He cuts off every branch of mine that doesn’t produce fruit, and he prunes the branches that do bear fruit so they will produce even more. – John 15:2 NLT
The moral of this verse is, “You’re pruned if you do and you’re pruned if you don’t.” In the world of landscaping, many plants must be pruned. Whether you are pruning the dead parts or you are cutting it back so the roots have time to become established so the plant can grow stronger and bigger, pruning is a necessary part of the plant’s growth. Many years ago, I planted a lilac bush given to me by my grandmother. It was a switch of a plant that to most people looked more like a dead stick than a lilac bush. My grandmother, who was an amazingly skilled gardener, gave me good instructions on how to plant the “stick” and how to water it to make it grow. I was very excited to have a part of my grandmother’s garden transplanted to my yard. A few weeks later my husband, while weed-eating the lawn, let the weed-eater get too close to the stick and chopped my potential prize-winning lilac bush down. I was certain that I would never see the beautifully fragrant lilac blossoms I had been dreaming of. As the summer wore on, I began to notice the regrowth of the lilac bush. Even though it had been cut down to about a two-inch stick, it continued to live. In fact, when it came back, it was thicker and stronger than before. This unintentional pruning gave the lilac bush’s roots the time they needed to get established so the bush would grow even bigger and more beautiful. For the lilac bush, the pruning didn’t stop with the simple whack of the weed-eater string; it continued for years to come. Each year, I would intentionally prune the bush to control the size and shape of the bush. Each intentional snip of the healthy branches caused even more beautiful blooms to grow the next year. This continued year after year as the lilac bush simply became more beautiful with each passing year.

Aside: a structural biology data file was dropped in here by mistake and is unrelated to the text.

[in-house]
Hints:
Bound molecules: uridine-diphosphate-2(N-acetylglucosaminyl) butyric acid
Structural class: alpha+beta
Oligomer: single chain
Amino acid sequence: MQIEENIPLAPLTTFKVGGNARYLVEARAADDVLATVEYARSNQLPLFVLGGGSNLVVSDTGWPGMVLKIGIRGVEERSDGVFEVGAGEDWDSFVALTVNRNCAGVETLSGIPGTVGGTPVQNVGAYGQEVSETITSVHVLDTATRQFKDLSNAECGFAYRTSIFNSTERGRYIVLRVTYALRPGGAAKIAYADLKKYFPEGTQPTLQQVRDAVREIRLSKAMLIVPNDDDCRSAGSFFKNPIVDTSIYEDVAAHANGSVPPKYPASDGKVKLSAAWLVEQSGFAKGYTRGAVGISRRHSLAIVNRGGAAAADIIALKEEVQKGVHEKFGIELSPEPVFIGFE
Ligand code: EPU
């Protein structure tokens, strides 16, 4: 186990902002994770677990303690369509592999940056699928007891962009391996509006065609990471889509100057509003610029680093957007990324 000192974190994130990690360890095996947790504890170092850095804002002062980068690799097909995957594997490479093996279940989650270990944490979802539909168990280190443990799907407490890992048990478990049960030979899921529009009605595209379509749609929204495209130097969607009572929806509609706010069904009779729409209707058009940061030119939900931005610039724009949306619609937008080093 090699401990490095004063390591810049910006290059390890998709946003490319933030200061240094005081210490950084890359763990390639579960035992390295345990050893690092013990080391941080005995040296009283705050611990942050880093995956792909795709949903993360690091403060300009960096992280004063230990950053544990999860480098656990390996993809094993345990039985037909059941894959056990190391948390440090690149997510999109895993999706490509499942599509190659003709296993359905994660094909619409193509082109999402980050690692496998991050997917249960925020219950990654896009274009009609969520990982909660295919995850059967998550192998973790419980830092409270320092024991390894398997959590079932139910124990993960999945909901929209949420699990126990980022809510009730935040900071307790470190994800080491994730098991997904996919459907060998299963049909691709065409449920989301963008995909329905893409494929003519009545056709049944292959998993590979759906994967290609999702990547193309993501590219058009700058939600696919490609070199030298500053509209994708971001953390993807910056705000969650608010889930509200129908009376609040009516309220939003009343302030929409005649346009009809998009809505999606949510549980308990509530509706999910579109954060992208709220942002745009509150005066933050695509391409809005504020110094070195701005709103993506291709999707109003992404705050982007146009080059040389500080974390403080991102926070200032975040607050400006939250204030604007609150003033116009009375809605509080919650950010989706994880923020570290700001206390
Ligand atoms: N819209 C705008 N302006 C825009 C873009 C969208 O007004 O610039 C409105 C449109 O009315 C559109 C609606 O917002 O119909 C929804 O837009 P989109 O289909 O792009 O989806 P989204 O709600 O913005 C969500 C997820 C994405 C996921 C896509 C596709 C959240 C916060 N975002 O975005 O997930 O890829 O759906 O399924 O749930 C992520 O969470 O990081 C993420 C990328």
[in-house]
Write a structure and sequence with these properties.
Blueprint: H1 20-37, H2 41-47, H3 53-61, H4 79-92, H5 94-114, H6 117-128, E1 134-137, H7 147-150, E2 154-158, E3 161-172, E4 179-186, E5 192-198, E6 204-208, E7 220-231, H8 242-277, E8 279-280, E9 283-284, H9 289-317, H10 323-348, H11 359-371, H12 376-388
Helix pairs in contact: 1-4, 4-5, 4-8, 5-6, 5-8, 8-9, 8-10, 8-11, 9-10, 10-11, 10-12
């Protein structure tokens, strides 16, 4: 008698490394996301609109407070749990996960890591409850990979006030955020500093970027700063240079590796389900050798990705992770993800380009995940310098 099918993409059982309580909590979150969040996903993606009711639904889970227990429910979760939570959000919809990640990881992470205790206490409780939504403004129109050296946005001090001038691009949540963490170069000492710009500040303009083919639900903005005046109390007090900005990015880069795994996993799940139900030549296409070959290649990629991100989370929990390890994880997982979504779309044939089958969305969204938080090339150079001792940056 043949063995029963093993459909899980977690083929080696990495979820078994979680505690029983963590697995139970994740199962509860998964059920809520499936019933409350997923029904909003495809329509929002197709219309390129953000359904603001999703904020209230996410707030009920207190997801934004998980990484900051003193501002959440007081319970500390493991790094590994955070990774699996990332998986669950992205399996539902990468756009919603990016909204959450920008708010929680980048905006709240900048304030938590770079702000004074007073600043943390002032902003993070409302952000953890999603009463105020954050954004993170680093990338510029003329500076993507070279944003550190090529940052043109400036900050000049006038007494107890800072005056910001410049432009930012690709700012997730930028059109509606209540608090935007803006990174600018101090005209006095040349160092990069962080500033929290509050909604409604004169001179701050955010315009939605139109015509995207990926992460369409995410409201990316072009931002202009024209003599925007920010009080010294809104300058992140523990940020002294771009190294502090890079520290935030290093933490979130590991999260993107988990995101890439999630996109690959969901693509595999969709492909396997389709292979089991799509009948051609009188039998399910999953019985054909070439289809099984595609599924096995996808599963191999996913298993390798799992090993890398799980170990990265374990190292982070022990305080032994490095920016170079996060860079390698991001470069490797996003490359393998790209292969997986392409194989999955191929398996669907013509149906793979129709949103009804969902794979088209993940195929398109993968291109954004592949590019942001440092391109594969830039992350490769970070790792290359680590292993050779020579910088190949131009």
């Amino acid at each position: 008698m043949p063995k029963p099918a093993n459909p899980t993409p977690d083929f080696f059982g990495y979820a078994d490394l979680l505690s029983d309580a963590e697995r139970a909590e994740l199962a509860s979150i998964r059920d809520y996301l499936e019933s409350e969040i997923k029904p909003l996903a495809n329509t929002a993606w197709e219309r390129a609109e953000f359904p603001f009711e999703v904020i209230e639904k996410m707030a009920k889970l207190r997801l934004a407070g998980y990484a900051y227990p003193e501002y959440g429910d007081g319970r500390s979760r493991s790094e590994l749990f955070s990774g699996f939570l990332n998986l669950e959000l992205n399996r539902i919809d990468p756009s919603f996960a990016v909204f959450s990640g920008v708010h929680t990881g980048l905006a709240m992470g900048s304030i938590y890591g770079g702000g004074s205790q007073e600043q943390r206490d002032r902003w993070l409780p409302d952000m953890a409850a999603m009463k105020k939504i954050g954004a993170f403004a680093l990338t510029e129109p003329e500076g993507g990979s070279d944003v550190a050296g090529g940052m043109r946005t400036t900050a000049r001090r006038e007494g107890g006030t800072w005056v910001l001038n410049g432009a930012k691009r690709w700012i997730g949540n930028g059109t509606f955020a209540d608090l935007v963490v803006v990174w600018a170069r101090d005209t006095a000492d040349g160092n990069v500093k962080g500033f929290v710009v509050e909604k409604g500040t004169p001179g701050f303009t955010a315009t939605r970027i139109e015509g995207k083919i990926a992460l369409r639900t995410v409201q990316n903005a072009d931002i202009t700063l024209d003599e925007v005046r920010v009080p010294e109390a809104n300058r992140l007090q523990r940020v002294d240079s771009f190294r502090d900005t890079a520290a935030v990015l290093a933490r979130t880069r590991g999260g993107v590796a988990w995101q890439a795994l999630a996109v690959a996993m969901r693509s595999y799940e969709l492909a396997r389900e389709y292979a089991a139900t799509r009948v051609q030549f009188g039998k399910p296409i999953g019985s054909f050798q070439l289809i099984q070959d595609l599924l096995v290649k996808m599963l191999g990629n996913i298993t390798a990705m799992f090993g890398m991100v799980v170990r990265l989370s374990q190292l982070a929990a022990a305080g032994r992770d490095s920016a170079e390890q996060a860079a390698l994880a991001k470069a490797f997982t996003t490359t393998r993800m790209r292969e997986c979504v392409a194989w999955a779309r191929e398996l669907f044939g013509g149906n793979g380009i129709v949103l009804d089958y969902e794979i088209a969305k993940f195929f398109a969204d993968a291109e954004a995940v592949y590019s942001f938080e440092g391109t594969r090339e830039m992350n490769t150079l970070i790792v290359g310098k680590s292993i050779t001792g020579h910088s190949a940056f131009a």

This is the very same concept that Jesus is teaching in the book of John. Our individual lives and our relationships grow better when God tends the soil of our hearts. Relationships, like our faith in God, is about dying to ourselves and living in Christ. Without the willingness to be pruned of selfishness and unloving behaviors, our relationships will never be what they can be. To the plant, pruning may seem like an unloving and unwanted event, but to the gardener this intentional process produces amazing results. Don’t shrink back from the pruning process. Allow God to do what He needs to do in you so that you become strong and healthy, producing the best fruit. As each of you allow God to work on you, your relationships will become the masterpiece that brings glory to the Gardener.
As you spend time taking a walk, or just in a time of quietness with God, ask yourself these questions: Where am I allowing God to prune me? What good fruit do I see in my life? How can I embrace the pruning times in my life?